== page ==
By Gretchen Minekime April 19, 2022
PhD student Aniya Khalili was looking for a research lab that would match her values. She found that match in 2019 with Professor Shelly Miller and was introduced to the practice of community-engaged scholarship. Khalili has master’s degrees in mechanical engineering and electrical engineering. She is looking forward to completing her PhD in mechanical engineering, with a focus on indoor air quality and personal exposure, in May 2023.
How were you introduced to community-engaged scholarship?
I really wanted to do work about the effects of pesticides in agriculture. Dr. Miller suggested I apply for a CU Boulder Outreach Award and do my study in the community. So, I read about the award and attended a Coffee & Conversations event. I liked the concept, and I enjoyed hearing about the different types of community-based research happening and how we can learn and support one another. That’s great, because when I applied and received the outreach grant, I didn’t really know what to expect, and working with the community is harder than I thought it would be. I actually wish there were related methods courses for engineers.
My project was put on hold because of COVID, and we decided to change it from focusing on the pesticide exposures of agricultural workers to what dogs are exposed to and how it transfers to their humans. The Office for Outreach and Engagement was flexible, and we were eventually able to move ahead.
What have you learned so far?
Community-engaged research can go wrong quickly, and it’s so important to communicate well. Transferring knowledge has to be done in ways everyone can understand so that findings can be applied correctly by the public.
Another project I’m working on (not funded through a CU Boulder Outreach Award), Social Justice and Environmental Quality – Denver, uses a team approach. We have the mechanical engineering team, the computer science team, community members, and we have a social science team. Research can take years, and communities don’t necessarily see results right away. The social science team makes sure we stay in touch with community members throughout every stage.
In the future, I would like to have my own company and work with communities. I’m even more eager to pursue this, but now I understand that I must have a strong team to do it. Community-based work is very labor-dependent. You’ve got to be available to the communities, and team members caring about the specific community is very important. Teams need to have various expertise to complement one another. For example, community connectors are needed to help researchers communicate and build trust with people.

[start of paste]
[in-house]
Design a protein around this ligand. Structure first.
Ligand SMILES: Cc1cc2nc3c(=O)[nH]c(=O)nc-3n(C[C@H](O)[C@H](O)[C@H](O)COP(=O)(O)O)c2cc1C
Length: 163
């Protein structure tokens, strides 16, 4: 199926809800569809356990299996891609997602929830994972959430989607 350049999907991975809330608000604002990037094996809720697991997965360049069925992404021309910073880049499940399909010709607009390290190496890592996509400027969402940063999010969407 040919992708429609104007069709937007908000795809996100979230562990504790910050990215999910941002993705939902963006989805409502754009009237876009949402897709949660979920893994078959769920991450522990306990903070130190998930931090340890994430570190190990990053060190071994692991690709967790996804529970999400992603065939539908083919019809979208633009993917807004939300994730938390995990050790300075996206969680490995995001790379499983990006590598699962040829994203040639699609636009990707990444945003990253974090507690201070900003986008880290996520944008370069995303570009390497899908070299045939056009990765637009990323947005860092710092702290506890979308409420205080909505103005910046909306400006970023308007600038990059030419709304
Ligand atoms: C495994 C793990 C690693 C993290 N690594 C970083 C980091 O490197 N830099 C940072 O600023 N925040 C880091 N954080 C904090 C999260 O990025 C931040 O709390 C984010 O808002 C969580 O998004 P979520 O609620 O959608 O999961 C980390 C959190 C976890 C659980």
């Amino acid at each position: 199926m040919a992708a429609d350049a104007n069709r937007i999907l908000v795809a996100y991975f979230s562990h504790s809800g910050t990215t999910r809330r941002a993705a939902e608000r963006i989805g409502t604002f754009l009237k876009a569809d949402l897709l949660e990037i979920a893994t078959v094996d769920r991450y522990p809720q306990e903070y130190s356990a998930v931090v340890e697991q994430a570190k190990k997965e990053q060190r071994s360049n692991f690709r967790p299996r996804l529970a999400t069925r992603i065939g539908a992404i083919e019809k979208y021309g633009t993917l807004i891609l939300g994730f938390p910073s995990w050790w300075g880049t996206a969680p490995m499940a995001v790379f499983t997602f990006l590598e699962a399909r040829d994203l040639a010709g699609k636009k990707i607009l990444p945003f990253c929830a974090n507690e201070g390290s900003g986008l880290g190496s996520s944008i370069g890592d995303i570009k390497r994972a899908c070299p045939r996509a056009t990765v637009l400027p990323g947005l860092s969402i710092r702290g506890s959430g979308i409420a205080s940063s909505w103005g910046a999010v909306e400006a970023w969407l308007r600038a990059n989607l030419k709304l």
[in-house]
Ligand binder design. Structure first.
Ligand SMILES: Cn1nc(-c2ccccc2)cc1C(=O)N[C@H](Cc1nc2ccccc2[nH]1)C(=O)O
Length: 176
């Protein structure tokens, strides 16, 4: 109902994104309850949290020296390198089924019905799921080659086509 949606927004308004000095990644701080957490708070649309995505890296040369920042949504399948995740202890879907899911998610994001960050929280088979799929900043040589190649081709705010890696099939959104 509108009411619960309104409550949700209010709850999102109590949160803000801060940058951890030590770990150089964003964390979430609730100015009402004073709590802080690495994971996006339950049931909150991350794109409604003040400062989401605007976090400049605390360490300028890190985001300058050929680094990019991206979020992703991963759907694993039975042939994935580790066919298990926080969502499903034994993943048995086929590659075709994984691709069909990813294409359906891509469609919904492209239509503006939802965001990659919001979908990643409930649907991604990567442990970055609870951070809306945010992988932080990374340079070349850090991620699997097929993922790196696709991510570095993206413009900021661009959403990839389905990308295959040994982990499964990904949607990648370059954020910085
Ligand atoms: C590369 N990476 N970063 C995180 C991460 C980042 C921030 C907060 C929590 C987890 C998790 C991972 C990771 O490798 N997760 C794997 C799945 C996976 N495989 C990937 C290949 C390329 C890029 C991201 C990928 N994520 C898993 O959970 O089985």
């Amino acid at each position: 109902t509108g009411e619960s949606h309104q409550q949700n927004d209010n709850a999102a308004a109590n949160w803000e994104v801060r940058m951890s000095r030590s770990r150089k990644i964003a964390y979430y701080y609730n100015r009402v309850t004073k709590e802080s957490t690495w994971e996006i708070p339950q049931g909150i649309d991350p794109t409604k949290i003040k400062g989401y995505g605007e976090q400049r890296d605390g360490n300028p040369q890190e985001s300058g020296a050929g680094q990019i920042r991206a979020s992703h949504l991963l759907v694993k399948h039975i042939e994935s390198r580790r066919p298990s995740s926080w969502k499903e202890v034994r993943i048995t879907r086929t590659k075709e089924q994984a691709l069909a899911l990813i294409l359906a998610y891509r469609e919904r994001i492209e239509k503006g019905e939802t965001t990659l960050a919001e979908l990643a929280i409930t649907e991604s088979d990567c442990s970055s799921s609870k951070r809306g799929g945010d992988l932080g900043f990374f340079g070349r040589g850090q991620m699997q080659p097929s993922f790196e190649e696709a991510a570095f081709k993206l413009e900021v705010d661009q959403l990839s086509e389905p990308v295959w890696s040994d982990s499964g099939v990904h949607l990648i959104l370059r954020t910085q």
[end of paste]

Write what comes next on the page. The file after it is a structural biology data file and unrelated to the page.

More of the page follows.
What advice would you give other graduate students who are interested in community-engaged scholarship approaches?
Have the value that community-centered research is important.
Be flexible, because so many last minute issues arise.
Respect the community…we are working for them, they’re not working for us. Love people, love talking to people, show your good intentions and build trust. Communities can be overloaded by researchers, especially in low-income areas. Sometimes the projects run out of funding and just stop. Sometimes things are not handled well or the results don’t lead to changes, and communities lose trust. That’s why we have our team approach on the Denver project. Caring for the community throughout the work is so important.
Involve your family and get their support because it’s demanding work.
Given the challenges, what keeps you motivated?
I think back to the history of how long it can take to make a difference, and this keeps me going. People understand water, but air quality is still less understood. COVID did a lot to advance what the public knows, but it shouldn’t take something so dramatic. I might find something that helps and eventually leads to something applicable in people’s day-to-day lives. This goes back to the importance of the transfer of knowledge.
Anything to add?
We need more funds for this type of research—even with NSF (National Science Foundation). We need to invest more to do community-engaged research and make it successful. I don’t know the answer, but being short on funds is sad and so stressful. This lets down communities who were involved and burns them out.
I really want to say that I appreciate my advisor and all of my fellow team members. Oh, and I also would love to thank my husband. He’s been my partner in crime through all of this! Thank you!
The CU Boulder Office for Outreach and Engagement facilitates mutually beneficial partnerships between communities and scholars who seek to advance their work in community settings. Faces of Outreach highlights the stories of CU Boulder faculty, staff, students and public partners conducting the work and what they’re accomplishing together. See more Faces of Engaged Scholarship stories and learn about what the Office for Outreach and Engagement offers.